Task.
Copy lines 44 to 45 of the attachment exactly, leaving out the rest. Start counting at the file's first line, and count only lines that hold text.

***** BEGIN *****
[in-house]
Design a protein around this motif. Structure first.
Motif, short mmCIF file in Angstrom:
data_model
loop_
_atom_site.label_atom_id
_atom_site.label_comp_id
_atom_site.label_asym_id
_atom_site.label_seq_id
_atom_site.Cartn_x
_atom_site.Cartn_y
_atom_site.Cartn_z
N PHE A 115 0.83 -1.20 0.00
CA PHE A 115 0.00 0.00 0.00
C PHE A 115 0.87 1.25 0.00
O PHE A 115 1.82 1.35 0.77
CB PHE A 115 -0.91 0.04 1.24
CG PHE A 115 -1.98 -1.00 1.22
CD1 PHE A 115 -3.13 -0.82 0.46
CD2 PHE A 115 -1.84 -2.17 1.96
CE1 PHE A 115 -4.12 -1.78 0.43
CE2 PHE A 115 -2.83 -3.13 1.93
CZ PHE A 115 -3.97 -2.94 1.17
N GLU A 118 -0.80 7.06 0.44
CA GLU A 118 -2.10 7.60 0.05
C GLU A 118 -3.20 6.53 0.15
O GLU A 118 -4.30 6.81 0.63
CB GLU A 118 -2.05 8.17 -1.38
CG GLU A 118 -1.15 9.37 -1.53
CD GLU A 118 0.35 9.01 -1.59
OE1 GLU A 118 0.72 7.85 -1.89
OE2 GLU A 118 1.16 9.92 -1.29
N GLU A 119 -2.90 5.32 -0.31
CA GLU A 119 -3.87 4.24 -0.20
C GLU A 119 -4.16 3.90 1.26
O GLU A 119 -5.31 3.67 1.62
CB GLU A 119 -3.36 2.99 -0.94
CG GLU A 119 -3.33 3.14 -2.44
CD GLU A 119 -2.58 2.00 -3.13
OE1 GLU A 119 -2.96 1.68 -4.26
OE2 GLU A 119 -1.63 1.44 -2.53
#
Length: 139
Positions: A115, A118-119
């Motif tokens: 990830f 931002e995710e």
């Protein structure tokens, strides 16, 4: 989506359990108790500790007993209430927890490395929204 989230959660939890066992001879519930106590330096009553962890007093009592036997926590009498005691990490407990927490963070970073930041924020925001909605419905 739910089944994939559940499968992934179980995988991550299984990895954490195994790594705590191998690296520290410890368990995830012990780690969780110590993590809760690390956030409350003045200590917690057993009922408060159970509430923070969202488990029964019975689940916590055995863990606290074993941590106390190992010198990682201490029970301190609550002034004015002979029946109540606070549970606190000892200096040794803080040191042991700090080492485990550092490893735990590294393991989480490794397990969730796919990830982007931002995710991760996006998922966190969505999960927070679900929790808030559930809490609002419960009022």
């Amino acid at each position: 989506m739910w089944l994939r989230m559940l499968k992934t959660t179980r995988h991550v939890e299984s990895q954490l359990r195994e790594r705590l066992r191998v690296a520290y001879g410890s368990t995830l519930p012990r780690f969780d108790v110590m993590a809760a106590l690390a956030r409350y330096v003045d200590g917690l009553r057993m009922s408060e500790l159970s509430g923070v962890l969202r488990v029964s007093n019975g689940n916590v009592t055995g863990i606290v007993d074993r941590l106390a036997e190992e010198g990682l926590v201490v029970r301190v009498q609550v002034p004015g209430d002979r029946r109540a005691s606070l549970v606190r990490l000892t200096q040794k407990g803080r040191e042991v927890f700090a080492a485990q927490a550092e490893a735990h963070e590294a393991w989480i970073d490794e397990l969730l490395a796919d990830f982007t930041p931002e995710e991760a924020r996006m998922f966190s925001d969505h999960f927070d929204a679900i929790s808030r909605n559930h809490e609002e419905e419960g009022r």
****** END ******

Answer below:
Positions: A115, A118-119
């Motif tokens: 990830f 931002e995710e």